In the process, our egos become smaller, as we empty ourselves and allow the Lord and His “ego” — His mentality, His point-of-view, His humble but supernatural framework — to fill our minds and expand them to an appreciation for sacred truths; even those truths that too much of Western society has fallen away from in drastic (and unfortunate) ways.
I’m digressing…..this post was meant to be on certain reflections to the Pope’s resignation.
Let me finish with the best reflection I have read thus far.
The other day, I was having lunch with a doctoral student from the English department of the Catholic University of America. She told me what a great, humble and sincere, reflection John Garvey, the president of the Catholic University, wrote about the Holy Father’s resignation. Garvey’s reflection was published in National Review. Garvey first speculated on the way that critics of the Pope will try to exploit the situation.
“They will imply there might be other reasons for the resignation. They will claim he’s playing politics, or hunt for a scandal to tie the resignation to. In fact, commentators were making the suggestion almost as soon as the news broke.”
Garvey continued that there is a holier (and more honest) explanation to the decision, and to discern it we need to turn to the person of Benedict XVI and his relationship with Jesus Christ: for that is the key to his entire life.
I completely agree with this. After all, to understand such a life-altering decision, one needs to understand the interior life, the inner dimensions of the man making the decision. That is something that our secular media ignores, at times having no understanding of a spiritual leader’s interior life beyond seeing nothing but the political in all his actions, lacking a proper grasp of the supernatural dimensions that are in play.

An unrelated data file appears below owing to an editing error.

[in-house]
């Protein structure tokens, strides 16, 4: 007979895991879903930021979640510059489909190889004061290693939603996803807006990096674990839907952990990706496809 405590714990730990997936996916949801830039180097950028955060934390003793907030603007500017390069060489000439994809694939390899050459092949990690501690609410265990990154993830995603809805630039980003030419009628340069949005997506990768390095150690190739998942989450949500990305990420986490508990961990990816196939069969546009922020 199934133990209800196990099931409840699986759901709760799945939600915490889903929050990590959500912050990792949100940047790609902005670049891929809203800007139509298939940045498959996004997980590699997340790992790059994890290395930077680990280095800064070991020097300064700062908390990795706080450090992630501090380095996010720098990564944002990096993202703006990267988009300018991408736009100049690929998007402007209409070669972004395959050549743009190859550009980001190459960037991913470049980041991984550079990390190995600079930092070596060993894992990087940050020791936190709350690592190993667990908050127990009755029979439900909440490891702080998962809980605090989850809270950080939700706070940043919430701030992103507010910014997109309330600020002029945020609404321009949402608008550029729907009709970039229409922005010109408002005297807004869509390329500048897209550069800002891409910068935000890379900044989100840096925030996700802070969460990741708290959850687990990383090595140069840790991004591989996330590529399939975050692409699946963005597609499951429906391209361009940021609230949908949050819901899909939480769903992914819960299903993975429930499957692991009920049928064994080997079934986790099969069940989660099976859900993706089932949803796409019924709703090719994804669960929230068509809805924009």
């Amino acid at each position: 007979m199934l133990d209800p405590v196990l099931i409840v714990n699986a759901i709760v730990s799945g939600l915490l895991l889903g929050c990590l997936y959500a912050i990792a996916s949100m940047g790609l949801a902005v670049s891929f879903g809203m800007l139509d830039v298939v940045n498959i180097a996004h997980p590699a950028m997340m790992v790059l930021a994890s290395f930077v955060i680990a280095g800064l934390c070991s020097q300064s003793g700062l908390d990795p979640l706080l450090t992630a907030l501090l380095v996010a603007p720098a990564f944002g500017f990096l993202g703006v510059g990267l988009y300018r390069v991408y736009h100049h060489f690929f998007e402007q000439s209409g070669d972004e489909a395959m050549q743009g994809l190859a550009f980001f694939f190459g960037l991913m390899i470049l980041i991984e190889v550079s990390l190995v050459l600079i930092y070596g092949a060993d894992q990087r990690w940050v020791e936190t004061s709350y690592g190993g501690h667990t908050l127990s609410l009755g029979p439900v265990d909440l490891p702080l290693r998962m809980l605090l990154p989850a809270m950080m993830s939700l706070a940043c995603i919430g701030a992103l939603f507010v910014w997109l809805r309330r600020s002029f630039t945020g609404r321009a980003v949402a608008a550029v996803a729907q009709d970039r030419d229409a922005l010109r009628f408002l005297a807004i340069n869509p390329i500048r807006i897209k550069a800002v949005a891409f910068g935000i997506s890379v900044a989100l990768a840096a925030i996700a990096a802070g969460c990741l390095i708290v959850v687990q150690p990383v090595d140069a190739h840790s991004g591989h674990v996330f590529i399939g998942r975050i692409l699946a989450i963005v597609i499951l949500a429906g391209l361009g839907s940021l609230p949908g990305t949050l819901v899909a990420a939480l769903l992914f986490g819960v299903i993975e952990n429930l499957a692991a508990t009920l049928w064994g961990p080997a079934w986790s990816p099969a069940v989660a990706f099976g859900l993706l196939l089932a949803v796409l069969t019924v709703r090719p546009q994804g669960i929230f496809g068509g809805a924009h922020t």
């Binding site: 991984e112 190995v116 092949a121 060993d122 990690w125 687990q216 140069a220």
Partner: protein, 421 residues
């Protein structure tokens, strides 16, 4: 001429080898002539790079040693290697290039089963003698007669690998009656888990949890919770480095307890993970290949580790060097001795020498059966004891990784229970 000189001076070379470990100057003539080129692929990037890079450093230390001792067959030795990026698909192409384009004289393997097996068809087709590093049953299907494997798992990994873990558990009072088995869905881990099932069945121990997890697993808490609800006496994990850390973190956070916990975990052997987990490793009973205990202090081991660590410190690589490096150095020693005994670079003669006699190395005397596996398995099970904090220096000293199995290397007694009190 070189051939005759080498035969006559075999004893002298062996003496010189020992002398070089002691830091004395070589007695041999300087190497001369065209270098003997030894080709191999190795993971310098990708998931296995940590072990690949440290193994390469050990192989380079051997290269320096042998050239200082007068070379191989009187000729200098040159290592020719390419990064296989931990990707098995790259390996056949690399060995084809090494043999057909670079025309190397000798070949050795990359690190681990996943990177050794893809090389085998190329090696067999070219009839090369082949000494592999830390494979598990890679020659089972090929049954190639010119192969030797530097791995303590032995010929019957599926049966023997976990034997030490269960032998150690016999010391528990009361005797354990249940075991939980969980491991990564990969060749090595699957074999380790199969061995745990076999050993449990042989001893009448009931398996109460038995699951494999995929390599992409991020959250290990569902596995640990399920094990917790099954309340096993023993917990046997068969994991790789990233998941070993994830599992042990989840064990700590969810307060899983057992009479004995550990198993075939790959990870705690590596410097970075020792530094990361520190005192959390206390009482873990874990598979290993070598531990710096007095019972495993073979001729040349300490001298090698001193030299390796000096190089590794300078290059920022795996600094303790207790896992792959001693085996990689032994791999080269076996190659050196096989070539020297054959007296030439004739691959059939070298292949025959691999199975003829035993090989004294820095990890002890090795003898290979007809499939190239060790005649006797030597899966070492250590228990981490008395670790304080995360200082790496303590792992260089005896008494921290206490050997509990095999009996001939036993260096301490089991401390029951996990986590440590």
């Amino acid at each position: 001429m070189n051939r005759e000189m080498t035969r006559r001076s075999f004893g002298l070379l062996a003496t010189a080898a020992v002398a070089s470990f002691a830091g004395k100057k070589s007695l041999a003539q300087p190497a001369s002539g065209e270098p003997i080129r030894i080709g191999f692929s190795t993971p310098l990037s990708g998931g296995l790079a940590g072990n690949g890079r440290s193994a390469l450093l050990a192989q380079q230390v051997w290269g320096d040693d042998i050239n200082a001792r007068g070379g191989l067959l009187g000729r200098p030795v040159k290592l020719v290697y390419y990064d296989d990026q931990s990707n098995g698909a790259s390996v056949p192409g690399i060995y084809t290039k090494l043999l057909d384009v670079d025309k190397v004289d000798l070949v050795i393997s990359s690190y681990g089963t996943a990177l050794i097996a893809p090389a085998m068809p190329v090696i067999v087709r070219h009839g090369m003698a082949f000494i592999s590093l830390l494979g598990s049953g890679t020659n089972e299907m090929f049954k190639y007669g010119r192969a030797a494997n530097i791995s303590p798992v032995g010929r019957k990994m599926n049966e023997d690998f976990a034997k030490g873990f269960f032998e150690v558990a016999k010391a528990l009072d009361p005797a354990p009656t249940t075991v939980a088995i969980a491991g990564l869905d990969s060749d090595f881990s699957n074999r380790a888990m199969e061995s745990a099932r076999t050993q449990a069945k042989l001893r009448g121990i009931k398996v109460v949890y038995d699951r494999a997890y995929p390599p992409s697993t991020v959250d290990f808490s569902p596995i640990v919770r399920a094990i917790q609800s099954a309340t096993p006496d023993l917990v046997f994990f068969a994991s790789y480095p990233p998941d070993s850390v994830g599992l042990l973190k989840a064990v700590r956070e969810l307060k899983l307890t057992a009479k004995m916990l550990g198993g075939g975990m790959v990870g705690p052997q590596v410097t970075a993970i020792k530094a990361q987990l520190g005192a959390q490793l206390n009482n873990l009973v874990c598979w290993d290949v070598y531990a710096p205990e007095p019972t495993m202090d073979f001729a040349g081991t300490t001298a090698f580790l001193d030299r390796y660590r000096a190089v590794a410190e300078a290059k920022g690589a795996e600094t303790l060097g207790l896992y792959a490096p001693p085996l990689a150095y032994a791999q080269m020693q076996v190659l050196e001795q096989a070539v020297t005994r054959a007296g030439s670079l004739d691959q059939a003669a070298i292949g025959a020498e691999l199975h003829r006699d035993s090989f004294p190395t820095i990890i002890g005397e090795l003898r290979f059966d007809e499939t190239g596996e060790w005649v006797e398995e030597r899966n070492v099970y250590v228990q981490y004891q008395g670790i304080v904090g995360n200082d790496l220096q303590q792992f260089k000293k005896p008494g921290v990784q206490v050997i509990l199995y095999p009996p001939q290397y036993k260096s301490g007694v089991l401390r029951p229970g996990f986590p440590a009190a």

Garvey thus writes:
“The creative and life-changing living out of the Catholic faith that Benedict XVI has called for does not find its source in an ethical system or code, but rather in a deep friendship with God nourished by the Church. That is the message the Pope offered at his inaugural Mass as Pope in April 2005. He said on that day, “If we let Christ into our lives, we lose nothing, nothing, absolutely nothing of what makes life free, beautiful and great. No! Only in this friendship are the doors of life opened wide. Only in this friendship is the great potential of human existence truly revealed. Only in this friendship do we experience beauty and liberation . . . open wide the doors to Christ — and you will find true life.
“The Pope offered the very same message yesterday by the humble act of resignation. For nearly eight years the Pope has been the supreme leader of the Church, guarding her against evil, teaching her by his words, proclaiming her truth to a world in need of it. He closes this chapter of his life with a single, humble act. In doing so he leads by example, leaving us with two powerful reminders. The first is that our successes are really gifts of God, to be used for his greater glory and for the benefit of his creation. These gifts do not belong to us. They are, as the Gospel’s parable of the talents teaches, entrusted to us for a time so we can do our very best to use them well.
“The second reminder is about loving God. Pope Benedict XVI has shown the world that friendship with Jesus Christ — the source of his strength as theologian and Pope — is what really matters. The friendship with which Benedict accepted the papacy is the same friendship that led him to give it up. It is a friendship that has found a welcome home in the heart of this humble Pope. His magnificent contributions to the Catholic Church will not be forgotten. Nor will his example.”